Table 2.1: Percentage of BrdU-labeled cells also expressing NeuN...........................................45	
   Table 2.2: The number of rats classified as ‘good’ or ‘poor’ learners ........................................47	
   Table 2.3: BrdU labeling in ‘good’ or ‘poor’ learners...............................................................49	
   Table 2.4: Volume of the GCL and hilus for each group ..........................................................55	
   Table 3.1: Timeline of training and perfusion...........................................................................75	
   Table 3.2: Volume of the GCL and hilus from each group .......................................................93	
   Table 4.1: Cells counted in the hilus for each group. .............................................................. 127	
   Table 4.2: Percentage of BrdU labeled cells that also express NeuN ....................................... 129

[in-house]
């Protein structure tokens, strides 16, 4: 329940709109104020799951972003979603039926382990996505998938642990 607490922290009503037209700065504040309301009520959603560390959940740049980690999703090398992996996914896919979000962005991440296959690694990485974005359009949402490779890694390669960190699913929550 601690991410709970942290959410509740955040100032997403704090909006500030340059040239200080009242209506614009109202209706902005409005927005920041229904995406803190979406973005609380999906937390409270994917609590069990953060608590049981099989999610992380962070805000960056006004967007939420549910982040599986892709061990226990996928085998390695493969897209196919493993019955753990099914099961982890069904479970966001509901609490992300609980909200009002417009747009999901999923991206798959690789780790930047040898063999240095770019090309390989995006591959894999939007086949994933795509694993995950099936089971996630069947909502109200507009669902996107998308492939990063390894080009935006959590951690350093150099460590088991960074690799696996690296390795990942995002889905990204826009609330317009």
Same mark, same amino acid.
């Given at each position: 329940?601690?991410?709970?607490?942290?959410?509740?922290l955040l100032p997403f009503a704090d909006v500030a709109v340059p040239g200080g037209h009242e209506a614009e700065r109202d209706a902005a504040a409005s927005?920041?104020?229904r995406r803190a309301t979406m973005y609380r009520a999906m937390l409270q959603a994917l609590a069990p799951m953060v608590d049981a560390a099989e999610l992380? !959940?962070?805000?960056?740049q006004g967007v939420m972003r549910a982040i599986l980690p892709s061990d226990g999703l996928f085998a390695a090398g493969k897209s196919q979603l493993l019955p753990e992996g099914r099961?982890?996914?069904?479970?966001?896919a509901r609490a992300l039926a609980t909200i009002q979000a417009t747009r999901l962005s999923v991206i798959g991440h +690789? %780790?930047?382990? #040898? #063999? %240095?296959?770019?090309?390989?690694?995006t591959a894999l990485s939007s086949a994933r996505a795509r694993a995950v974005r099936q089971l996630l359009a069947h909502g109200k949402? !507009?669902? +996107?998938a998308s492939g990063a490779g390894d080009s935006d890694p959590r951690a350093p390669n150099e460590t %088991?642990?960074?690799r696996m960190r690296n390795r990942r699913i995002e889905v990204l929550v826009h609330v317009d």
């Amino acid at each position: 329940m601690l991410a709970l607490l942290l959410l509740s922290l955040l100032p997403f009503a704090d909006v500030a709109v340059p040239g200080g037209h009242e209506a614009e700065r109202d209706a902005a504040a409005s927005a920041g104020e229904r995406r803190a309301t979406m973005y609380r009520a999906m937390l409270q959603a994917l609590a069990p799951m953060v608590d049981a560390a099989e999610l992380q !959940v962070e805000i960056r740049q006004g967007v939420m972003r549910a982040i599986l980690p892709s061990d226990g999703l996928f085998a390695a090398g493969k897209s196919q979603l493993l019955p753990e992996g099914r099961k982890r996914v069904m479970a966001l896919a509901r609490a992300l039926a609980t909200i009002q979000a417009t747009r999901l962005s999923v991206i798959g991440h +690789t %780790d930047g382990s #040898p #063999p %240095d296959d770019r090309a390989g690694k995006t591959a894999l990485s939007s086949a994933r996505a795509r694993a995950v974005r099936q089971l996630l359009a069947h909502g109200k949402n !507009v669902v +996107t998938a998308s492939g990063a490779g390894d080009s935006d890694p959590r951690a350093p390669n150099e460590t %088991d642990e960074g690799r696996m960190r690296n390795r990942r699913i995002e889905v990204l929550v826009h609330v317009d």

Table 4.3: Volume of the GCL and hilus from each group ..................................................... 129	
   Table 5.1: Volume of the GCL from each group .................................................................... 158	
   Table 5.2: Total number of BrdU-labeled cells counted in the hilus ....................................... 159	
   Table 5.3: Density of BrdU-labeled cells in the GCL ............................................................. 159	
   Table 5.4: Percentage of BrdU/NeuN double-labeled cells in the GCL................................... 165	
   Table 6.1. Previous Studies on the effects of spatial learning on cell survival.......................... 185	
    vi  LIST OF FIGURES  Figure 1.1: Anatomical representation of the hippocampus (A) and a detailed view of the dentate gyrus (B).............................................................................................................................2